Visual spatial perception in the mammalian brain occurs through two parallel pathways: one reaches the primary visual cortex (V1) through the thalamus and another the superior colliculus (SC) via direct projections from the retina. The origin, development, and relative function of these two evolutionarily distinct pathways remain obscure. We examined the early functional development of both pathways by simultaneously imaging pre- and post-synaptic spontaneous neuronal activity. We observed that the quality of retinal activity transfer to the thalamus and superior colliculus does not change across the first two postnatal weeks. However, beginning in the second postnatal week, retinal activity does not drive V1 as strongly as earlier wave activity, suggesting that intrinsic cortical activity competes with signals from the sensory periphery as the cortex matures. Together, these findings bring new insight into the function of the SC and V1 and the role of peripheral activity in driving both circuits across development.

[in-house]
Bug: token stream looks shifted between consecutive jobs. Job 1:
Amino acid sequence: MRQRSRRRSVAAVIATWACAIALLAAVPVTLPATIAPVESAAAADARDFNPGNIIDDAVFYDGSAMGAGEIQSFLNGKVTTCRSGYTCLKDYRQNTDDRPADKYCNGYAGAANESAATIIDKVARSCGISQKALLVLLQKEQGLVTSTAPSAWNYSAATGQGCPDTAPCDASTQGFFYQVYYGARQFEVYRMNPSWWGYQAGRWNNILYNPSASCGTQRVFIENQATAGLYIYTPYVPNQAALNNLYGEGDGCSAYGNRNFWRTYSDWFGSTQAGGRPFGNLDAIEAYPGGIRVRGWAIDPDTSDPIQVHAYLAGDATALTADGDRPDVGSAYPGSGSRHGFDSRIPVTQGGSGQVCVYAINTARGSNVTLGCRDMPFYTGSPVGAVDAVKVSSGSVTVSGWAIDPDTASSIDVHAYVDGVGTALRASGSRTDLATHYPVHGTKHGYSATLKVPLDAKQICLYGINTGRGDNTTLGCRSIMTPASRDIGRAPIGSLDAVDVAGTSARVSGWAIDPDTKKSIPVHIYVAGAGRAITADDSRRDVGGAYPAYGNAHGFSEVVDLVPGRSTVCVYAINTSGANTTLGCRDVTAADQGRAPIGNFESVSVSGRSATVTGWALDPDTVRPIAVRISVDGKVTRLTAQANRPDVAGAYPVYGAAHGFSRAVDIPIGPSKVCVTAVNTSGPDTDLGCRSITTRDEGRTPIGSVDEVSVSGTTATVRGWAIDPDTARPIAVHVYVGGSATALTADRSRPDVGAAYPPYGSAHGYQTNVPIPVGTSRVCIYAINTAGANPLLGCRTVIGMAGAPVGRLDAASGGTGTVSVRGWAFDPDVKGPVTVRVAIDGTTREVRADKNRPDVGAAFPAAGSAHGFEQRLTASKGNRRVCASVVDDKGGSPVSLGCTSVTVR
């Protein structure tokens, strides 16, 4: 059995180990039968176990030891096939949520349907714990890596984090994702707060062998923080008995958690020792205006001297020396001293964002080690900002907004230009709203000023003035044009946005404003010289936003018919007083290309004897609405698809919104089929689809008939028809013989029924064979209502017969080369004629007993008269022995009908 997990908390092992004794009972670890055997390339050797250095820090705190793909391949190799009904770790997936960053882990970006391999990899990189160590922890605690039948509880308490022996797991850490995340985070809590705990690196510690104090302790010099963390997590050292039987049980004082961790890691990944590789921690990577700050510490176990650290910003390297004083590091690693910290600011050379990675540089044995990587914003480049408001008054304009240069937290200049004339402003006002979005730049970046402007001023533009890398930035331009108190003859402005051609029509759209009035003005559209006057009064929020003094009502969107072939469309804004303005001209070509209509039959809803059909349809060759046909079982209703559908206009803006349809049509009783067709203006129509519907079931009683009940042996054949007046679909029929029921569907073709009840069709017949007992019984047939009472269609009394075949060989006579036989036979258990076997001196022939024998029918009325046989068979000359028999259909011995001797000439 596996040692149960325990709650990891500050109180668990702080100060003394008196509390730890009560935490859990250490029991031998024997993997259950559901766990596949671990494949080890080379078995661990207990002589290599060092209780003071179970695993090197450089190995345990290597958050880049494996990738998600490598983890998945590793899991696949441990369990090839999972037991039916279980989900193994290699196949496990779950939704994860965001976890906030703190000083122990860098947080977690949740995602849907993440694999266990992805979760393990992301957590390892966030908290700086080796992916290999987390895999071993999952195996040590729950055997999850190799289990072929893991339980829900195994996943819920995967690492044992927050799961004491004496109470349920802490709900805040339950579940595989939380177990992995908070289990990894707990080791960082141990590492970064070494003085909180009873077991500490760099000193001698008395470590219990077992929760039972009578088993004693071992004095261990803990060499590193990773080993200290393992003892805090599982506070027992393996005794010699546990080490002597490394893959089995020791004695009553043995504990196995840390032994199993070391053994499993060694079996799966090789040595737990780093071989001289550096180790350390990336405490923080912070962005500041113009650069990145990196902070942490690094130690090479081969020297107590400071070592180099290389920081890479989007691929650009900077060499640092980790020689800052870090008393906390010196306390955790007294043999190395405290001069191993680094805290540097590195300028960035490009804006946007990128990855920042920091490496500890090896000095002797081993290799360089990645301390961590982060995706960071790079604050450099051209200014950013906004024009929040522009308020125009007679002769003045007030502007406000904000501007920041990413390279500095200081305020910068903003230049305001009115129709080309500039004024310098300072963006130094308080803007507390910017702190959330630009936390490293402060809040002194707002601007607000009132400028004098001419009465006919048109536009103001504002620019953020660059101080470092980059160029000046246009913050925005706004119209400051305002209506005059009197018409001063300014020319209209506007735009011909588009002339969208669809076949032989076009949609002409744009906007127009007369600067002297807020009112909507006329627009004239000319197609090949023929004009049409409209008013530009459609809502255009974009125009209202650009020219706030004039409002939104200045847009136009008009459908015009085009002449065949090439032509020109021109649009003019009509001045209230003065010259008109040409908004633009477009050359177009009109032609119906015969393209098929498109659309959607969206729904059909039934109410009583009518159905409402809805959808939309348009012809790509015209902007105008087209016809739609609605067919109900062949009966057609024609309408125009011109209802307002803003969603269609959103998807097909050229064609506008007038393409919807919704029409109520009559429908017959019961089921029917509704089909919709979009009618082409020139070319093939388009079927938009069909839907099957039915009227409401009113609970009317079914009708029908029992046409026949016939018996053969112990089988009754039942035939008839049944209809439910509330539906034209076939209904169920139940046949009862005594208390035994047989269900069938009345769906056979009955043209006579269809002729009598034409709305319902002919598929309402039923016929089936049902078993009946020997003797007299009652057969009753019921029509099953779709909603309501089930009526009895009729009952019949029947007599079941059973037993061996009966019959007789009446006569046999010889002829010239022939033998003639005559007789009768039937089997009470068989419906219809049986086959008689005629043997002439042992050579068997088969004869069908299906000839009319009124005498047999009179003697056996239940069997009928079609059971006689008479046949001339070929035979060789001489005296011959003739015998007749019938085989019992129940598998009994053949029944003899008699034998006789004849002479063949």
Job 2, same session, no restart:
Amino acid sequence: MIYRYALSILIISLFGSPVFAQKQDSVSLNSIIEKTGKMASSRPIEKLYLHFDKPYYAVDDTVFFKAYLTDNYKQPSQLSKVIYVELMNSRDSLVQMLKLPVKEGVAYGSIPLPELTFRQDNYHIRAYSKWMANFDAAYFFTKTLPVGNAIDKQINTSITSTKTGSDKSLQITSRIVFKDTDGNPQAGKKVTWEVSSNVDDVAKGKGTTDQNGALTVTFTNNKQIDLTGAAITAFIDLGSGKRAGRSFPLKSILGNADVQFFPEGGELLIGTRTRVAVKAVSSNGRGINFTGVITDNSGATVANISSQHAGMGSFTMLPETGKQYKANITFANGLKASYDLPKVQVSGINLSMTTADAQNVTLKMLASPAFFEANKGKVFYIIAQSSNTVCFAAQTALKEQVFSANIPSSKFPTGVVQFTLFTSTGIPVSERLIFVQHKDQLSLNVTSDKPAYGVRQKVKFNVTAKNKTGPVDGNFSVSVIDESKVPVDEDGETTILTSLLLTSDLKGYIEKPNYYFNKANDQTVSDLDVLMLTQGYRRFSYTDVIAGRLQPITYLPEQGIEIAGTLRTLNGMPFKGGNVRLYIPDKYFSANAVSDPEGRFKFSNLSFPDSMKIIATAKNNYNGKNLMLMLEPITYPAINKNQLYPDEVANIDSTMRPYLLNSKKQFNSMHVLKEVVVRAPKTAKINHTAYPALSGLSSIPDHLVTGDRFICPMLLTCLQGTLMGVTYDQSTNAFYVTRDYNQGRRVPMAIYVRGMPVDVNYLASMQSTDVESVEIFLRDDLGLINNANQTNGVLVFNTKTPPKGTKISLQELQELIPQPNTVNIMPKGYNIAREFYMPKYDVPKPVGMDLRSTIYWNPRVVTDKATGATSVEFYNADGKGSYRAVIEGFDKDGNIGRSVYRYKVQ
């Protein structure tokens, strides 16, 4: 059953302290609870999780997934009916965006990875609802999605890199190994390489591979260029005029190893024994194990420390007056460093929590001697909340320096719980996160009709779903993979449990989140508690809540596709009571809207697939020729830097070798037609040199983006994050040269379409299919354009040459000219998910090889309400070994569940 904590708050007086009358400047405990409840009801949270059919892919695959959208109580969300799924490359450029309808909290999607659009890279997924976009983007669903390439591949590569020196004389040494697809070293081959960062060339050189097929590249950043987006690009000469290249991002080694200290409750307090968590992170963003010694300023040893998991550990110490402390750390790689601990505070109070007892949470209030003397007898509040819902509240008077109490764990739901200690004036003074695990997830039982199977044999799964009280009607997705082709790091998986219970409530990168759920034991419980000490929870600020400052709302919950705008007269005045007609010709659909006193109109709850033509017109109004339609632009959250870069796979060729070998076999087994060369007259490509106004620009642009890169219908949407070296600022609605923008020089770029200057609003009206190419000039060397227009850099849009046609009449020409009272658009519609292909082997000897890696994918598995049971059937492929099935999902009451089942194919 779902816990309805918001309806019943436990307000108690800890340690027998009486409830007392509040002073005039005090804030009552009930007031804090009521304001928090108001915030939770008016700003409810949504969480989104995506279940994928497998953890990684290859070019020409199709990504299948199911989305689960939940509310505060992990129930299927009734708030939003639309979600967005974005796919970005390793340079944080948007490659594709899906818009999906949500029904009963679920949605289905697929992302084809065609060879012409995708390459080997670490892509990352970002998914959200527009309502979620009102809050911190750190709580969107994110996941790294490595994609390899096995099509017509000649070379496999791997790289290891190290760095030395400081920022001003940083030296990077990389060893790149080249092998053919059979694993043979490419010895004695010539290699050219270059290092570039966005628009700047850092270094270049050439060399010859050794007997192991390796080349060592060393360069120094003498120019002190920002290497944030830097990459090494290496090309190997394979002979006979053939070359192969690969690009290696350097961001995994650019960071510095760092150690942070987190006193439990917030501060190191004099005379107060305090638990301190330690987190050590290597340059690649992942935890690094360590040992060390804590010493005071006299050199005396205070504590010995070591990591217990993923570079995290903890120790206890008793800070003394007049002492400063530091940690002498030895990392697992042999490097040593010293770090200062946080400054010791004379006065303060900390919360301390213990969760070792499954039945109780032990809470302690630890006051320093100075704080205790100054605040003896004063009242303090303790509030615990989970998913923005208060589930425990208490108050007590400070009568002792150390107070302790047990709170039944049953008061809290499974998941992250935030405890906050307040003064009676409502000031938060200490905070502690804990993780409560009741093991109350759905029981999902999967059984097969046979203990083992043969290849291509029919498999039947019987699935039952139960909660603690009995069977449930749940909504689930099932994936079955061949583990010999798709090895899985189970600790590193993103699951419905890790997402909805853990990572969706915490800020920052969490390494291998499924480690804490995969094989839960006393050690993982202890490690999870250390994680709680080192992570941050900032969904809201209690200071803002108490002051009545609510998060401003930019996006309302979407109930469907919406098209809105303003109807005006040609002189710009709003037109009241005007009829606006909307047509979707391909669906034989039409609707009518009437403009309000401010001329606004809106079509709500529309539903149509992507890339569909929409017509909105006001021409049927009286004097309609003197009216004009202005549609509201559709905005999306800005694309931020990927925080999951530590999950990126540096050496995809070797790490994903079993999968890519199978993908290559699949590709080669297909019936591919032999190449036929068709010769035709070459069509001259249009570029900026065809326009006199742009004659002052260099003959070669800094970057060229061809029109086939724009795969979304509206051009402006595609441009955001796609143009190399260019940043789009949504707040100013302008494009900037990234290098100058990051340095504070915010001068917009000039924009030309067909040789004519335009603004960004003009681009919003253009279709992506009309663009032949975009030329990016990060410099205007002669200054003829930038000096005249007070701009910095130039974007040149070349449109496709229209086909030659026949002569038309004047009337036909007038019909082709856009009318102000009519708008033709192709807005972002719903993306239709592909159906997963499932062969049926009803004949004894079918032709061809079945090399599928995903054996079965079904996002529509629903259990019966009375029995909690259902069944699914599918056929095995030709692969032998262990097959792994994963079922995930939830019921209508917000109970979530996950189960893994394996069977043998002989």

Keywords: RCaMP; activity transfer; jRCaMP1b; lateral geniculate nucleus; retina; retinal waves; spontaneous activity; superior colliculus; visual cortex; visual system development.
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